Old World Baking Traditions Feed a Hungry Houston
Aug 02, 2012
Holocaust survivors and Polish immigrants Sigmund, Sol, and Max Jucker arrived in Houston following World War II armed with Eastern European family recipes and a desire to start a new life. On May 8, 1949—just four years after Liberation Day when the brothers were released from Nazi concentration camps—the Juckers opened Three Brothers Bakery. Since then, their award-winning bakery has been serving up favorites like challah and rye breads, bagels, danish, and gingerbread to hungry Houstonians.
Today, the landmark bakery is owned and managed by Sigmund’s son, Robert, who oversees the business with his wife Janice and Sol’s wife Estelle. Since its opening, Three Brothers Bakery’s original store has moved twice, most recently to Braeswood Street more than 50 years ago, and in February 2012, the bakery opened a second location.
Over the years, the bakery sought financial assistance from a few local banks to support the growing business. Yet after some frustrating banking situations, the family began transitioning their business to Bank of America. The relationship has thrived for over 6 years, and when the recent expansion generated a need to develop an efficient and separate payroll system, Bank of America stepped in to help.
“We had built a great relationship with Bank of America, so we knew that we could turn to them for assistance in developing a strong payroll solution at our second location to pay our valuable employees,” said Robert Jucker. “They really came through—they treated us like people, not just another transaction. Our plan is to grow beyond two locations, and we’re excited about our connection to Bank of America. We are confident that we can open up new locations in any part of Houston, and know that there’s a bank branch nearby that will support our expansion.”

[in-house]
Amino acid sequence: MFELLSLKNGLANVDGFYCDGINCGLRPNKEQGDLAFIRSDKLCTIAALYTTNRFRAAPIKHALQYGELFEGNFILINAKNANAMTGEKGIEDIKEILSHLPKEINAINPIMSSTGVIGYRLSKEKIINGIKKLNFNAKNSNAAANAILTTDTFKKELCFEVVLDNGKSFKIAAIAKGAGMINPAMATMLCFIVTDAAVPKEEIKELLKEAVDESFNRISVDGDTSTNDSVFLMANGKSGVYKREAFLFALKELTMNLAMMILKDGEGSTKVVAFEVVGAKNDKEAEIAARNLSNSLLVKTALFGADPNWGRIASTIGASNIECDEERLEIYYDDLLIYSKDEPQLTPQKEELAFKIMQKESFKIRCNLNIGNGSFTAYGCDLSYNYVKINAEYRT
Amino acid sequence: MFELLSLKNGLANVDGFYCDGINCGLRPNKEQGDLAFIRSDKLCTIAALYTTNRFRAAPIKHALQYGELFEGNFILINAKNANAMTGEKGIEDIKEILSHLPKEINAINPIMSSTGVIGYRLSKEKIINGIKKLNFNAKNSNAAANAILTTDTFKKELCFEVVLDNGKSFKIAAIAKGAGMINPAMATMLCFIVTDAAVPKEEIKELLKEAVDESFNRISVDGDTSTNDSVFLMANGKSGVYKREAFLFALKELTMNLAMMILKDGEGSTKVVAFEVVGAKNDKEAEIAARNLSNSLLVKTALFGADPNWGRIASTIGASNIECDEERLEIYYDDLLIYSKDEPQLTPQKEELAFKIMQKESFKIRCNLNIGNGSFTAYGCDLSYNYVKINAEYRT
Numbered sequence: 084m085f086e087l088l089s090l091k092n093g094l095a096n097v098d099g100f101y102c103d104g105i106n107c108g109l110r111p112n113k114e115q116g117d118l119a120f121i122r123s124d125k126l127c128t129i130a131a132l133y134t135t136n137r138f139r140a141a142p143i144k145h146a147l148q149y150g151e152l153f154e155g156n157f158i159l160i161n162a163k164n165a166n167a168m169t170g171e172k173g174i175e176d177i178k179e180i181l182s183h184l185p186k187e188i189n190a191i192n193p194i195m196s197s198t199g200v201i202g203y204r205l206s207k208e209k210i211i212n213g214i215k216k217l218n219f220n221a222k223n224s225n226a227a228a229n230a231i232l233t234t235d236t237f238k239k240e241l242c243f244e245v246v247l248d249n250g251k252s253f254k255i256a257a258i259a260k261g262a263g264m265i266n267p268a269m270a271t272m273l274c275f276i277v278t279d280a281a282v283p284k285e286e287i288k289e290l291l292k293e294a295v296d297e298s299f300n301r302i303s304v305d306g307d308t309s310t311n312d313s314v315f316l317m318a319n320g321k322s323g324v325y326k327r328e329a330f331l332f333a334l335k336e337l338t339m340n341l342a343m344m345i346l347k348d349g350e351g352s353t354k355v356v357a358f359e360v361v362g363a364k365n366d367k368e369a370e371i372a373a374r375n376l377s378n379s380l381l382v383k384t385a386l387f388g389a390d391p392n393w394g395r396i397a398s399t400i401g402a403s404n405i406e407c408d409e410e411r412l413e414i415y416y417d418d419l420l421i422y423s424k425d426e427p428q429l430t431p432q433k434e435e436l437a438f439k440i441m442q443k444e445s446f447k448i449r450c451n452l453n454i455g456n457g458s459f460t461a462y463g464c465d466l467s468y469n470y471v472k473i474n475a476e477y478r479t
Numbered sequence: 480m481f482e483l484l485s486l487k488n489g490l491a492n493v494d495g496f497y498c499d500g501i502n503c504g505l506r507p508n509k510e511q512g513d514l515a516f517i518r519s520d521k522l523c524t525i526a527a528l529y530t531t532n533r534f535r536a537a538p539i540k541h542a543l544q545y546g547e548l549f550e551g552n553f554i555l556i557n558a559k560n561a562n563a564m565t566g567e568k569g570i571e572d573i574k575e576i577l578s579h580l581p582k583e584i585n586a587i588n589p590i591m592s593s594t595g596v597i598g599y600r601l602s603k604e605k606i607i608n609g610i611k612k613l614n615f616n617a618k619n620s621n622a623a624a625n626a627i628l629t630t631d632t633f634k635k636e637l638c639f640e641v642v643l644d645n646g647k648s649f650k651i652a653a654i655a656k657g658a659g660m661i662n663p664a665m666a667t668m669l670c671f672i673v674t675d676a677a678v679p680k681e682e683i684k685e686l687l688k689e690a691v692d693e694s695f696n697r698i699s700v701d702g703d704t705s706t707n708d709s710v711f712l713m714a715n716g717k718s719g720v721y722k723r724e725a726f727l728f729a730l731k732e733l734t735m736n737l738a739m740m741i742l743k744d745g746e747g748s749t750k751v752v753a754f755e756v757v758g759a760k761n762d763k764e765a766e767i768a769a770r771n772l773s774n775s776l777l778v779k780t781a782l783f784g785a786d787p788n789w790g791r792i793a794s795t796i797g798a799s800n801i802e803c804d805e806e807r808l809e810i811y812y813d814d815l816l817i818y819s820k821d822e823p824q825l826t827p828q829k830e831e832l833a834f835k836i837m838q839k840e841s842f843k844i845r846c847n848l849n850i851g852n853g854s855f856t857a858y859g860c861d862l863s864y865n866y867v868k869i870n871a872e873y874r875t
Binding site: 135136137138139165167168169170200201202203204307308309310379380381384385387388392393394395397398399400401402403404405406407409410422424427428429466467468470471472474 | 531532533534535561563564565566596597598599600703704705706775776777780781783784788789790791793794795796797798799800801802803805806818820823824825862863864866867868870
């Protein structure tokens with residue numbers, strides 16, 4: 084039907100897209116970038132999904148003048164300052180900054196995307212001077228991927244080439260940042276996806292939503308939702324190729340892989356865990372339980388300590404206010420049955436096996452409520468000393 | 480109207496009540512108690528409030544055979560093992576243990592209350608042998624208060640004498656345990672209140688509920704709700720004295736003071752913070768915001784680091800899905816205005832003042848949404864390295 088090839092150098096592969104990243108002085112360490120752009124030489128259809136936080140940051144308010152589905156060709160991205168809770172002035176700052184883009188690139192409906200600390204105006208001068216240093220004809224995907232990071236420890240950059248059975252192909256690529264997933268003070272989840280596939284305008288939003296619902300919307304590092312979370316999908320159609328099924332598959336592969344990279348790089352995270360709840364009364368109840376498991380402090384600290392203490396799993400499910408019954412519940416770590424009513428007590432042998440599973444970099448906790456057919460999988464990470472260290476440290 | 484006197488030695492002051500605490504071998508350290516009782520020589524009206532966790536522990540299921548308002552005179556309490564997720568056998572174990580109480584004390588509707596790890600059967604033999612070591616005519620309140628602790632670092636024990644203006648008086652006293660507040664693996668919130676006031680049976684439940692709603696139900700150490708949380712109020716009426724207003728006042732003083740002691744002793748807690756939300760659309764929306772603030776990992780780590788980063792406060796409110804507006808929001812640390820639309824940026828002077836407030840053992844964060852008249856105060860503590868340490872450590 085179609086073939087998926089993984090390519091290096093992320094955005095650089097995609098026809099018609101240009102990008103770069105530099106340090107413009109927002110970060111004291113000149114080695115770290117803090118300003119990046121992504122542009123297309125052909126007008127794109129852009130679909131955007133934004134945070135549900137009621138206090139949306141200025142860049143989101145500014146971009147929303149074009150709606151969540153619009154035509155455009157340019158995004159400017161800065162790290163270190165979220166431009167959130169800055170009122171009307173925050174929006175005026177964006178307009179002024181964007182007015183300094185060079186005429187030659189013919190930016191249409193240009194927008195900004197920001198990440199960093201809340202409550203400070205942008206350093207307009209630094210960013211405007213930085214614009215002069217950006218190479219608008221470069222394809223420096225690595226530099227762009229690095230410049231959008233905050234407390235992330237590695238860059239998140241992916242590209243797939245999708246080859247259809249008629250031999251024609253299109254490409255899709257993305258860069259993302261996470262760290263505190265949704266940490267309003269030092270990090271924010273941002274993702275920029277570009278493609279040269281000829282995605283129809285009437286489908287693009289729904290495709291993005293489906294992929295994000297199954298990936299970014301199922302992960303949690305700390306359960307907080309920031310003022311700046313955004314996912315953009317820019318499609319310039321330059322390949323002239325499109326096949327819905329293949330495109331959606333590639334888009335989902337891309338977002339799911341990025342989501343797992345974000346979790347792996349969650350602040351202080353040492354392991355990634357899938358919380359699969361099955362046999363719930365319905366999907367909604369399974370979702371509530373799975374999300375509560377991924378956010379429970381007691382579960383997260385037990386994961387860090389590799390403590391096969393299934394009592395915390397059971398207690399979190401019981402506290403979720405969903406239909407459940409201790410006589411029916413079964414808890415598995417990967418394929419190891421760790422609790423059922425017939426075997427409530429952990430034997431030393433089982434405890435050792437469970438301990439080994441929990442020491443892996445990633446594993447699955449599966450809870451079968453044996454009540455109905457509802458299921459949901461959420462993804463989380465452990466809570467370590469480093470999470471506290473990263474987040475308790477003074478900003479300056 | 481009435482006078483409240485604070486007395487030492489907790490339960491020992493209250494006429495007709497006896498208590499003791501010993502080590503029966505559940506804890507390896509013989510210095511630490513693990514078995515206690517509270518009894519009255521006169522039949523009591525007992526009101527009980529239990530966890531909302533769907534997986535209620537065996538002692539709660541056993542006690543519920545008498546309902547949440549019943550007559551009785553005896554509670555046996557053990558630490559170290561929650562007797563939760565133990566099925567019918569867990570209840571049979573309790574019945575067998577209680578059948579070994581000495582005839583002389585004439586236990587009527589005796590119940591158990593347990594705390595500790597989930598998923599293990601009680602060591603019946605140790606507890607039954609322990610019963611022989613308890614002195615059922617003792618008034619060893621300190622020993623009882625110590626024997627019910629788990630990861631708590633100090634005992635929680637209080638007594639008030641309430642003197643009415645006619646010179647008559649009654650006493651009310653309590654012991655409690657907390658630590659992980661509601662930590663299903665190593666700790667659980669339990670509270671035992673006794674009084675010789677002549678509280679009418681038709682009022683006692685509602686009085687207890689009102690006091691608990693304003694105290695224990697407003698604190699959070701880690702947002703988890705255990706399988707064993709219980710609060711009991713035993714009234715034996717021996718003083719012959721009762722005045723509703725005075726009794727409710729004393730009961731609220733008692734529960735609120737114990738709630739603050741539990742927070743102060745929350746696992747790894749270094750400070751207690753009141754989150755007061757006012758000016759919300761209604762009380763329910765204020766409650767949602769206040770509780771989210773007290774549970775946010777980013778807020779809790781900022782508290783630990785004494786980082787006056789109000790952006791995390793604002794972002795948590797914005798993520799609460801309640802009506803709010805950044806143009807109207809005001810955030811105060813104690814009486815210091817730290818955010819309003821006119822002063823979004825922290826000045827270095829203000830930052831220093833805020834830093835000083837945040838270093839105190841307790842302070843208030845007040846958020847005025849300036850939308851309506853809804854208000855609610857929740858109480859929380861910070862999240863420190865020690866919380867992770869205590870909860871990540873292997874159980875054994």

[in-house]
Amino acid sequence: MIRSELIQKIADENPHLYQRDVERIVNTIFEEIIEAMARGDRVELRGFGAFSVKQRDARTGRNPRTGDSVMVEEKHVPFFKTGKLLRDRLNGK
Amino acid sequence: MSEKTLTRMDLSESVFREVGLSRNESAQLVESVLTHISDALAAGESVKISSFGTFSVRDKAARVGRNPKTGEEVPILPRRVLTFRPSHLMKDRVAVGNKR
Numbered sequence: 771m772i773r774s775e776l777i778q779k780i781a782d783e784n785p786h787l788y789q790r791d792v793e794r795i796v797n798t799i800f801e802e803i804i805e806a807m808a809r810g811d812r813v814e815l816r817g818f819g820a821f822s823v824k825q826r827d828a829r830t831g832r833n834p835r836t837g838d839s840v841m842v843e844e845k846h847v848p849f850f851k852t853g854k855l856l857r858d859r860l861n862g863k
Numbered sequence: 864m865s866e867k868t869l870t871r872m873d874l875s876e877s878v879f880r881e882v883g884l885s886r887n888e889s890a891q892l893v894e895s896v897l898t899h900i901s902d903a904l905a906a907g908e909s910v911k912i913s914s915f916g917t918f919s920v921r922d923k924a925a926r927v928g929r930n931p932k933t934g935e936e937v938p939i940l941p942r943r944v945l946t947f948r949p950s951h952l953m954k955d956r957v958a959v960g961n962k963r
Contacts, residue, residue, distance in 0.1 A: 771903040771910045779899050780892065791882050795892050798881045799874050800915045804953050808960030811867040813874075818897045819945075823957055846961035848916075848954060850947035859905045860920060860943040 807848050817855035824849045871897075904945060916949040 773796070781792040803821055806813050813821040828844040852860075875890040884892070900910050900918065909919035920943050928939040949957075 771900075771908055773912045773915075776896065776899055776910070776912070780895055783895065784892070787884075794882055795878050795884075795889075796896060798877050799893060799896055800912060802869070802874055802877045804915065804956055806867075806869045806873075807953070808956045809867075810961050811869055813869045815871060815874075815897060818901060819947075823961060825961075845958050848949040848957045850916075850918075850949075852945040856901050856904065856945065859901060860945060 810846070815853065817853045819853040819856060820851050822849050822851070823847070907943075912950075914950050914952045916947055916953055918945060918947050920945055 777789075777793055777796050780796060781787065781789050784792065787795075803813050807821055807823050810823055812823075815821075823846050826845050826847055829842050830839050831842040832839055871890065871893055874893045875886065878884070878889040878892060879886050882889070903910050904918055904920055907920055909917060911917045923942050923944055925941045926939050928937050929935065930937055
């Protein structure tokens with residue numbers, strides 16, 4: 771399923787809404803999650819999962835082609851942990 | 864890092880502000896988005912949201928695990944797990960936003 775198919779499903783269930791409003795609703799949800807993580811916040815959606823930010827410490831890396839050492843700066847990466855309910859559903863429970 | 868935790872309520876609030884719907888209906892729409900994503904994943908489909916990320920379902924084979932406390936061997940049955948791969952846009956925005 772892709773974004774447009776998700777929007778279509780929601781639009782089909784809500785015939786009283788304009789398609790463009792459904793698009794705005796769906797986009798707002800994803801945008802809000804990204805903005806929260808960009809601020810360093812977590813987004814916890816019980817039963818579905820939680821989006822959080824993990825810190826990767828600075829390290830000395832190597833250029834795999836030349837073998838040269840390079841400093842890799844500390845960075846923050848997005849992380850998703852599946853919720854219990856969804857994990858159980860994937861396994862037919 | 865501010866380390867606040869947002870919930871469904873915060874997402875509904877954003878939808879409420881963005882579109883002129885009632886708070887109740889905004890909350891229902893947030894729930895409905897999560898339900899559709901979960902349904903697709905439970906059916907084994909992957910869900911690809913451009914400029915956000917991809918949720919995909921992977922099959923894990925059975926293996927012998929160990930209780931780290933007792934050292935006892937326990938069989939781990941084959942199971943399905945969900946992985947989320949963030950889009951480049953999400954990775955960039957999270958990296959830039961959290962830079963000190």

Three Brothers Bakery is a hometown favorite, and many Houstonians consider it their bakery of choice for holiday treats, wedding and other special occasion cakes, and for everyday pastry cravings. In fact, the bakery’s challah is so popular during the Jewish holidays that the store’s temporary closing after Hurricane Ike caused a shortage of the bread that made the front page of The Houston Chronicle.
Baked goods aside, the Jucker family is proud of their contributions to the Houston community, especially the homeless, the hungry, and the sick. Three Brothers Bakery provides bread each day to a number of charities, including SEARCH Homeless Services. In addition, twice a year the bakery provides cookies for children to decorate at MD Anderson’s holiday events.
“My father knew something about hunger from his days in a concentration camp, and he and his brothers passed down a legacy of caring to the rest of the family,” Robert added. “He also cared deeply for his employees and appreciated their contributions to the bakery’s success. That’s something we continue today for our 50 employees. They are like gold.”
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